Unsettled

Unsettled

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Adam Hootnick’s Unsettled will not bring peace to the Middle East, but the documentary’s goodwill is a corrective to Morgan Spurlock’s repulsive Where in the World is Osama Bin Laden? Hootnick panders in a way to young, Western sensibilities, allowing lengthy stretches of the film to play to the music of Matisyahu and presenting his subjects as if they were participants in a Gaza Strip edition of MTV’s The Real World, but he does not resort to glibness or misrepresentation (unlike M.C. Hammer, recently sampled by Spurlock, the acclaimed Matisyahu grapples with his Jewish identity through his reggae). When the Israeli government announced that it would withdraw from the Gaza Strip, Hootnick was there with his camera, revealing his understanding for how people are split along ideological lines and bringing that level of feeling to his audience. Subjects include Neta, a young filmmaker who believes in the Jews’ God-given right to settle in Gaza, Ye’ela, an activist whose sister was killed by Palestinians but who nonetheless supports the withdrawal, and soldiers Yuval and Tamar, whose mission pits them against fellow Jews. Hootnick focuses on the way Jews are divided among themselves, in a sense offering the Muslim world examples of Jewish humanity, and through heartbreaking visions of Jewish families being removed from homes they’ve occupied for decades, he may just induce empathy in Jews who’ve supported the expulsion of Palestinians from their ostensibly holy land.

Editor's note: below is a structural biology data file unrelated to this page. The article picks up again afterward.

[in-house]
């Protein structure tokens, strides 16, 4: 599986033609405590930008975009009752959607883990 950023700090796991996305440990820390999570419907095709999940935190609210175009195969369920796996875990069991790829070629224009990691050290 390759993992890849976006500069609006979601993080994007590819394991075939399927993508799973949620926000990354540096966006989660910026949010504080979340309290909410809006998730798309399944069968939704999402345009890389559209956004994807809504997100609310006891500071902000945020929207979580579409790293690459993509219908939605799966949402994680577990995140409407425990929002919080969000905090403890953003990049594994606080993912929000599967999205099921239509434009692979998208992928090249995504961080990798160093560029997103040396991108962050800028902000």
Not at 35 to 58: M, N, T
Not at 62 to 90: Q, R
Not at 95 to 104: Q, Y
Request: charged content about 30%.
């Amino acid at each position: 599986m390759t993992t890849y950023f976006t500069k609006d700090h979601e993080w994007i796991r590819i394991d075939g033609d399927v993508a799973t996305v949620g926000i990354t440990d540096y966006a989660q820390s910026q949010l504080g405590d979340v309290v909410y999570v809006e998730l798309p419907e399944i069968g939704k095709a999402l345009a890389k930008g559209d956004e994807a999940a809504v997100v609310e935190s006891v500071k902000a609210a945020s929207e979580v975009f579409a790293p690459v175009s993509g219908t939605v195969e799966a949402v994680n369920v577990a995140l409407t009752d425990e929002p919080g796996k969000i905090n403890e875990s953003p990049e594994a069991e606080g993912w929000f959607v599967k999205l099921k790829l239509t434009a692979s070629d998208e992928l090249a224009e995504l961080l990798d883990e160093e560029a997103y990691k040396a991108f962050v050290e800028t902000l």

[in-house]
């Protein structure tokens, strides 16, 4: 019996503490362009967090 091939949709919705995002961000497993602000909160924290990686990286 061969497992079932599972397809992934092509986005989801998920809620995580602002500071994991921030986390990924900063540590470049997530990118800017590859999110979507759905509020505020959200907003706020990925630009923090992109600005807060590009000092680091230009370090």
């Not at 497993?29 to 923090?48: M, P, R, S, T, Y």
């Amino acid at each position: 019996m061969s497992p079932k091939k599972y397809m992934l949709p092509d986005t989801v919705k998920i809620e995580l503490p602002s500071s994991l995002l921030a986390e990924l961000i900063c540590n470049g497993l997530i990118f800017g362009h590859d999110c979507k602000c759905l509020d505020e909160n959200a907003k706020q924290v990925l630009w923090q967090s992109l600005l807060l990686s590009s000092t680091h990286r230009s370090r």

Distributor
Resonance Pictures
Runtime
80 min
Rating
NR
Year
2006
Director
Adam Hootnick